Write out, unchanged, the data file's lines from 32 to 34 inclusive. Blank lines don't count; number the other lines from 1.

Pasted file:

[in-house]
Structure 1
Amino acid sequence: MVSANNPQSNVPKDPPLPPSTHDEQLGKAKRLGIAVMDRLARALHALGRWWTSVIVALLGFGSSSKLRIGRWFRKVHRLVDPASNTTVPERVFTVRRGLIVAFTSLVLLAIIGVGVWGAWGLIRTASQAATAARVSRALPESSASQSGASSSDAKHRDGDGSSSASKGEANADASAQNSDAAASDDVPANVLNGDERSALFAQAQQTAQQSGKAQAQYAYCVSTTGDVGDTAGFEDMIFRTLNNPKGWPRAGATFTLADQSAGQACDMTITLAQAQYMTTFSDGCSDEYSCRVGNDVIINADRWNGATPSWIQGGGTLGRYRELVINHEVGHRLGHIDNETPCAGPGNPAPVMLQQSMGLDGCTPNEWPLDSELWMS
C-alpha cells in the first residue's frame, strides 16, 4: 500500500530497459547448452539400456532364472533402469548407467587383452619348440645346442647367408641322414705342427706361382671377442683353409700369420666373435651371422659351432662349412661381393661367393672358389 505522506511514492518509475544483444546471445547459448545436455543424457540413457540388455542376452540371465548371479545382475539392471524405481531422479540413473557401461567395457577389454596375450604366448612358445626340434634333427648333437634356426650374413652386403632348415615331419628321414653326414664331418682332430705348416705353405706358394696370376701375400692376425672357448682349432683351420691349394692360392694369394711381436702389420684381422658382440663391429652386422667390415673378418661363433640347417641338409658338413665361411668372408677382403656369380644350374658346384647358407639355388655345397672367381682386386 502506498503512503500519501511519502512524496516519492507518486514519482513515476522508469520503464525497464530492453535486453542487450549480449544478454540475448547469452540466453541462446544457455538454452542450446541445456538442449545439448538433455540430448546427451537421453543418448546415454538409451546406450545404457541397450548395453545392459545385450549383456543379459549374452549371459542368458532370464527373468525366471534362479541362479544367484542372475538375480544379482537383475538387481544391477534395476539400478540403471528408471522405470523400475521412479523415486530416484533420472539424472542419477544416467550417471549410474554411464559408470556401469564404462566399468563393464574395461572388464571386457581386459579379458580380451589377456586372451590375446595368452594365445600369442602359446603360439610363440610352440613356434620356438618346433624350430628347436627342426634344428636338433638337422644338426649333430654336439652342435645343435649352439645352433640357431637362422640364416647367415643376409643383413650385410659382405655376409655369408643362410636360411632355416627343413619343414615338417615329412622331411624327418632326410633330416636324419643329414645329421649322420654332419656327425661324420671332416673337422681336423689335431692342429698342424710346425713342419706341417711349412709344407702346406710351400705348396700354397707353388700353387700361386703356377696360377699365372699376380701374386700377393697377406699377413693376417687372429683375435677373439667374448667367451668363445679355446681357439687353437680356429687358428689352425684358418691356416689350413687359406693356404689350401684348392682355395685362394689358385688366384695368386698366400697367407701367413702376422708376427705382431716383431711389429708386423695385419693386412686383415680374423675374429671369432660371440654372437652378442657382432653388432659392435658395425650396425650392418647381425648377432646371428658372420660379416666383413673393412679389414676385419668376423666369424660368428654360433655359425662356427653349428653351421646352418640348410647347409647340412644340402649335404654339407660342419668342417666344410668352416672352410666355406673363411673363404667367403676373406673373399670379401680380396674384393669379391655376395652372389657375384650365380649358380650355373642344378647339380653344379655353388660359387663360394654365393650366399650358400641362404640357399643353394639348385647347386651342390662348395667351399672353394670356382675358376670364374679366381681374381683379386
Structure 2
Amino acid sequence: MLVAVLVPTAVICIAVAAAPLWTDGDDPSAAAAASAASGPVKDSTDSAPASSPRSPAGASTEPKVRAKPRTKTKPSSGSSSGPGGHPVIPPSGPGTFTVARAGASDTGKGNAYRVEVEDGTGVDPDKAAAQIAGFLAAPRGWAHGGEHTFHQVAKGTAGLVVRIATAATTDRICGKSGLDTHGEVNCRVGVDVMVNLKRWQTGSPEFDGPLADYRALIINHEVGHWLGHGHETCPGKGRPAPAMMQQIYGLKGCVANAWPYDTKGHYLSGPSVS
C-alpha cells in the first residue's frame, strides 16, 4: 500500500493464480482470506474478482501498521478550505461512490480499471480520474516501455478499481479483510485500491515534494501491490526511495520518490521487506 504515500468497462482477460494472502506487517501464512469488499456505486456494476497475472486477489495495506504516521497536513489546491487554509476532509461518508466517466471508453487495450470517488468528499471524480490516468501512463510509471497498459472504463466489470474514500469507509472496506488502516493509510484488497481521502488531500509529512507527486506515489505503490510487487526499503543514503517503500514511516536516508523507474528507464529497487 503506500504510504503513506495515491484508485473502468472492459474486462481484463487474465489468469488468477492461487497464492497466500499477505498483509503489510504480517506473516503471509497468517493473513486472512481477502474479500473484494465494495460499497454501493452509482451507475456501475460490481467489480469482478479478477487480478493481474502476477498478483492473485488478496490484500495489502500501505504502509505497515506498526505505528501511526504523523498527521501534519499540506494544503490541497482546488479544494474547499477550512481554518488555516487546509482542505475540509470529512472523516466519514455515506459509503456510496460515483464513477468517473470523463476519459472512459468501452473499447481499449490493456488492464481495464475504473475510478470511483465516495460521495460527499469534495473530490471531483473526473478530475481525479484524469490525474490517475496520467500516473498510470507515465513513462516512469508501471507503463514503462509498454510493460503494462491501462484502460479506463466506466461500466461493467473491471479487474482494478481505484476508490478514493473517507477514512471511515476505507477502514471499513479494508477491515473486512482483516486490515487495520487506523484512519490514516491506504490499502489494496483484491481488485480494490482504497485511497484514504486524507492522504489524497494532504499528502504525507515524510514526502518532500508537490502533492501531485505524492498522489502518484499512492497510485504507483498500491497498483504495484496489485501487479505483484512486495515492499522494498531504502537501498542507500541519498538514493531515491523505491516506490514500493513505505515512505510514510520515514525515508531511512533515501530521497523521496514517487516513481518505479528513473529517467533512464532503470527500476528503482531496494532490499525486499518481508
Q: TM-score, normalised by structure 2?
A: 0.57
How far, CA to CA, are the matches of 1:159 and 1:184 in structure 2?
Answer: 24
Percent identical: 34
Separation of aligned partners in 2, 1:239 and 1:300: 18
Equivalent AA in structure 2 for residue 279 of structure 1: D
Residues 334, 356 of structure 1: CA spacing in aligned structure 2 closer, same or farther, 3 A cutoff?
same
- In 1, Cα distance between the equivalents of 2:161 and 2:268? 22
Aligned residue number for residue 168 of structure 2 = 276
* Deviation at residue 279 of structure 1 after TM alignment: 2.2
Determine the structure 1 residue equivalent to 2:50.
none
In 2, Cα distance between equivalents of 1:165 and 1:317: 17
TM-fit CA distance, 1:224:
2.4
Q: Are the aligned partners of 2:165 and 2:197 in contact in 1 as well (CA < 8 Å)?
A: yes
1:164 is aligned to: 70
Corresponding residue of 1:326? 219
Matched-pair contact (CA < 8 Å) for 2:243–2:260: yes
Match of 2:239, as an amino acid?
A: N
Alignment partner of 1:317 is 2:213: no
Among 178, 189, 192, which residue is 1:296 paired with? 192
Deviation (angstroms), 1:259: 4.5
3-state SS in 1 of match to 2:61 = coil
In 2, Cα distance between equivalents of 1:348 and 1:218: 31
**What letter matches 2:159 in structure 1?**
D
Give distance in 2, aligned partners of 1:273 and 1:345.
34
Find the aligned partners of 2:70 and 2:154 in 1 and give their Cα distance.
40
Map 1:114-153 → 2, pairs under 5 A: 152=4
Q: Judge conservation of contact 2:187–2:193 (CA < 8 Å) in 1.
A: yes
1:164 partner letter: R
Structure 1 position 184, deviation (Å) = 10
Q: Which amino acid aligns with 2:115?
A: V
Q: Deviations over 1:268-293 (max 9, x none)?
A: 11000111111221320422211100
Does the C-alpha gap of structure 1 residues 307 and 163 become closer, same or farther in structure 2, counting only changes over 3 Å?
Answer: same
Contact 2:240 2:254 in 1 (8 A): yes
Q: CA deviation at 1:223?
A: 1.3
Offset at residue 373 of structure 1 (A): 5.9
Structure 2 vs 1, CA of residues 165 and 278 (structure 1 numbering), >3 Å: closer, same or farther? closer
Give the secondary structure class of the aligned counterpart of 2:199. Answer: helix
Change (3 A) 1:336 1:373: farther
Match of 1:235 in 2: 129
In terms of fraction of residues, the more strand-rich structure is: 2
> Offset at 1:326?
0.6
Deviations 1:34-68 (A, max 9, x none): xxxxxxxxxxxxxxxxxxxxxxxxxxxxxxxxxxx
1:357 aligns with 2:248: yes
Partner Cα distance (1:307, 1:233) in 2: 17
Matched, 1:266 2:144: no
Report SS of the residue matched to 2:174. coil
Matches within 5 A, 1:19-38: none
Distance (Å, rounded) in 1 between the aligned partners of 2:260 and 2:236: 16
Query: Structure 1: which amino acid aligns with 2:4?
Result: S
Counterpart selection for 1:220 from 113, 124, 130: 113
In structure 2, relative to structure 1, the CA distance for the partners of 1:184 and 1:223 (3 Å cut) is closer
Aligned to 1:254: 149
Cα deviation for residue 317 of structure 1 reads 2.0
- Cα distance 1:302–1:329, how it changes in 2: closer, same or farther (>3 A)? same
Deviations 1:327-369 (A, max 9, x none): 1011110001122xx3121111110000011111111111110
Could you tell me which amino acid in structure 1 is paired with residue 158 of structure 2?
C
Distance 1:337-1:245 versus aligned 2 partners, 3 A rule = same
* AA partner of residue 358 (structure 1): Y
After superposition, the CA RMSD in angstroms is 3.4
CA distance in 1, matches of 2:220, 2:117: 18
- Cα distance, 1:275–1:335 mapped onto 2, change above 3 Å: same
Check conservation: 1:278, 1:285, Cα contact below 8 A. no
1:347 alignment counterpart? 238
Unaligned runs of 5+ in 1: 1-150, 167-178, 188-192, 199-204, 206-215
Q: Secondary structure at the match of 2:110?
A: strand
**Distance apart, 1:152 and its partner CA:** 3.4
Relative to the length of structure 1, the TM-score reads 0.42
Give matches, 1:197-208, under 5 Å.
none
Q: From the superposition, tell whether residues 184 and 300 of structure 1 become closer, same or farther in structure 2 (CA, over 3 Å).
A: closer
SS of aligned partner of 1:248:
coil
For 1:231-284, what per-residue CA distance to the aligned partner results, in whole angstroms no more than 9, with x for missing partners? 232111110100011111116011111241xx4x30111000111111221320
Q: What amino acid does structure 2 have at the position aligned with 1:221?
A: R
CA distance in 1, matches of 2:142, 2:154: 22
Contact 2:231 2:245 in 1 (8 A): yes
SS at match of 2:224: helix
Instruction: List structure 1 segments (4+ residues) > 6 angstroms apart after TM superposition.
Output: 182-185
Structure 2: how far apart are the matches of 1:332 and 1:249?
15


Alignment partner of 1:317 is 2:213: no
Among 178, 189, 192, which residue is 1:296 paired with? 192
Deviation (angstroms), 1:259: 4.5